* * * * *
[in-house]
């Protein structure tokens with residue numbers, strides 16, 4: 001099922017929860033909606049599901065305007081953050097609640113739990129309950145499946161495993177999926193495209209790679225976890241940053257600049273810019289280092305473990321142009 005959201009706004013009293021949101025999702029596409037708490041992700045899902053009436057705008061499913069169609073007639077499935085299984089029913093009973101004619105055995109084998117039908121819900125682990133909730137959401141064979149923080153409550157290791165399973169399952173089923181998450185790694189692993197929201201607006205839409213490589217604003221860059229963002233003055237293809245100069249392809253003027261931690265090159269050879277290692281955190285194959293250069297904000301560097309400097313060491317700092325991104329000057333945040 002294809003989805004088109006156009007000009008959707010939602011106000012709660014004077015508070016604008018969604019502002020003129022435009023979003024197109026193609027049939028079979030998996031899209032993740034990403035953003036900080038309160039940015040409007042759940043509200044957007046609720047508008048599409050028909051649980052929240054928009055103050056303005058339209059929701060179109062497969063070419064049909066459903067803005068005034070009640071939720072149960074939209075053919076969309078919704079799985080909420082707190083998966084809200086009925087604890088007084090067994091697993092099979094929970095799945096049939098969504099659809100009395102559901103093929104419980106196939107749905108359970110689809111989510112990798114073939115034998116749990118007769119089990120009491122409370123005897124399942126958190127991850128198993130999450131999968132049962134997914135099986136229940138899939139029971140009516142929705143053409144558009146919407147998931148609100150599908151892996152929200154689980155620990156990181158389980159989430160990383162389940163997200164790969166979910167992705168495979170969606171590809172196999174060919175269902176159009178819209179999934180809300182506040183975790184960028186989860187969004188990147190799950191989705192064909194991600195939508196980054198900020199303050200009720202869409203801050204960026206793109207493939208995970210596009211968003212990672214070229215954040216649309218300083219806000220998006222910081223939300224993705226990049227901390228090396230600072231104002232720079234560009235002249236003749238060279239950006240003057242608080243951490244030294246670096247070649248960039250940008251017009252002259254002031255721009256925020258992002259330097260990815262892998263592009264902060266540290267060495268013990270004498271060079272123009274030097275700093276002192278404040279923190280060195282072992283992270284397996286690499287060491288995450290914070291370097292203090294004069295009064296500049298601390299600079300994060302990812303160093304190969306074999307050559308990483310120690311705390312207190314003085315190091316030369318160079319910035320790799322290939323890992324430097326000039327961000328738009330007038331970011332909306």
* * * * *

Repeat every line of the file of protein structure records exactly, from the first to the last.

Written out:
[in-house]
């Protein structure tokens with residue numbers, strides 16, 4: 001099922017929860033909606049599901065305007081953050097609640113739990129309950145499946161495993177999926193495209209790679225976890241940053257600049273810019289280092305473990321142009 005959201009706004013009293021949101025999702029596409037708490041992700045899902053009436057705008061499913069169609073007639077499935085299984089029913093009973101004619105055995109084998117039908121819900125682990133909730137959401141064979149923080153409550157290791165399973169399952173089923181998450185790694189692993197929201201607006205839409213490589217604003221860059229963002233003055237293809245100069249392809253003027261931690265090159269050879277290692281955190285194959293250069297904000301560097309400097313060491317700092325991104329000057333945040 002294809003989805004088109006156009007000009008959707010939602011106000012709660014004077015508070016604008018969604019502002020003129022435009023979003024197109026193609027049939028079979030998996031899209032993740034990403035953003036900080038309160039940015040409007042759940043509200044957007046609720047508008048599409050028909051649980052929240054928009055103050056303005058339209059929701060179109062497969063070419064049909066459903067803005068005034070009640071939720072149960074939209075053919076969309078919704079799985080909420082707190083998966084809200086009925087604890088007084090067994091697993092099979094929970095799945096049939098969504099659809100009395102559901103093929104419980106196939107749905108359970110689809111989510112990798114073939115034998116749990118007769119089990120009491122409370123005897124399942126958190127991850128198993130999450131999968132049962134997914135099986136229940138899939139029971140009516142929705143053409144558009146919407147998931148609100150599908151892996152929200154689980155620990156990181158389980159989430160990383162389940163997200164790969166979910167992705168495979170969606171590809172196999174060919175269902176159009178819209179999934180809300182506040183975790184960028186989860187969004188990147190799950191989705192064909194991600195939508196980054198900020199303050200009720202869409203801050204960026206793109207493939208995970210596009211968003212990672214070229215954040216649309218300083219806000220998006222910081223939300224993705226990049227901390228090396230600072231104002232720079234560009235002249236003749238060279239950006240003057242608080243951490244030294246670096247070649248960039250940008251017009252002259254002031255721009256925020258992002259330097260990815262892998263592009264902060266540290267060495268013990270004498271060079272123009274030097275700093276002192278404040279923190280060195282072992283992270284397996286690499287060491288995450290914070291370097292203090294004069295009064296500049298601390299600079300994060302990812303160093304190969306074999307050559308990483310120690311705390312207190314003085315190091316030369318160079319910035320790799322290939323890992324430097326000039327961000328738009330007038331970011332909306």